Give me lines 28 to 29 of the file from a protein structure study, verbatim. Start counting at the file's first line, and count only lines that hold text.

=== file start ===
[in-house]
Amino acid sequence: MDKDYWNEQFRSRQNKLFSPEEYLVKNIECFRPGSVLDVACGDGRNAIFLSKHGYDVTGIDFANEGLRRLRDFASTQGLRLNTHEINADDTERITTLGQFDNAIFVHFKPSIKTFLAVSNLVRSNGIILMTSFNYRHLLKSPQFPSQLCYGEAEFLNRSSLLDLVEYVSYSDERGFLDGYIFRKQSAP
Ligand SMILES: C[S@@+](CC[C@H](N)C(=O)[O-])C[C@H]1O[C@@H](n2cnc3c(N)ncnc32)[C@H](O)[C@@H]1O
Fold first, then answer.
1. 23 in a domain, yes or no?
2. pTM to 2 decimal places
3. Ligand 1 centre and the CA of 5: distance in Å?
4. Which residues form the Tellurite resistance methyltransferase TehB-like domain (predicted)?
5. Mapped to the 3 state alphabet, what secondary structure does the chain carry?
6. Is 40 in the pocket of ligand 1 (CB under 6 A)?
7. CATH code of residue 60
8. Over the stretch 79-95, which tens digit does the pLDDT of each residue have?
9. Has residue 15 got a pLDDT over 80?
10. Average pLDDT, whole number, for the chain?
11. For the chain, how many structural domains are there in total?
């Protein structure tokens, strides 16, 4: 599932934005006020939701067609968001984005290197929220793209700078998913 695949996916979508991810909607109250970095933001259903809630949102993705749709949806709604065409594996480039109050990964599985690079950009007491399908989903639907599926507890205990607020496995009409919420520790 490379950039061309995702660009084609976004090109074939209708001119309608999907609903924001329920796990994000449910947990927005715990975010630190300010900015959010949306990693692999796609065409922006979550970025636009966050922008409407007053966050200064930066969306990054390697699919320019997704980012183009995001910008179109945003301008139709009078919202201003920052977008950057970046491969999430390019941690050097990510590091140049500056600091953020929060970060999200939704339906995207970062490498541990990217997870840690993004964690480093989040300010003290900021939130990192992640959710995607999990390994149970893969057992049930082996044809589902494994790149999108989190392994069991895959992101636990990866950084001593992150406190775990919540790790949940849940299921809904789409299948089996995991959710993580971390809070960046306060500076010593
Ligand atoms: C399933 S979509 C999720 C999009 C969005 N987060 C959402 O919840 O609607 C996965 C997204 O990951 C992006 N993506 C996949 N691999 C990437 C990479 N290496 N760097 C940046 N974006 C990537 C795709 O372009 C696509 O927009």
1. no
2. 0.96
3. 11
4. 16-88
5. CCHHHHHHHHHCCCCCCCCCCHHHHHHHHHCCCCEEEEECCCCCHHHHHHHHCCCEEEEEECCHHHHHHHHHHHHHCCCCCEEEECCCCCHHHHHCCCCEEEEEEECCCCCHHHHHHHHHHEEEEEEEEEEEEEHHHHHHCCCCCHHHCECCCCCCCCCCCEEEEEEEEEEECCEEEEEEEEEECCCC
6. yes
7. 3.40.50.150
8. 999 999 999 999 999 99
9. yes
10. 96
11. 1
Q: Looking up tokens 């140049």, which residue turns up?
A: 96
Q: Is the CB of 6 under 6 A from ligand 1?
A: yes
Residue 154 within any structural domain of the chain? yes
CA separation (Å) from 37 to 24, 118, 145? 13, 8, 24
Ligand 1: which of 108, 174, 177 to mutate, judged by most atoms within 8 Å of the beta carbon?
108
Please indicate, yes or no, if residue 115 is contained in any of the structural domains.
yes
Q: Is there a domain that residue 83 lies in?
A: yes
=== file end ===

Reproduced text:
11. 1
Q: Looking up tokens 């140049």, which residue turns up?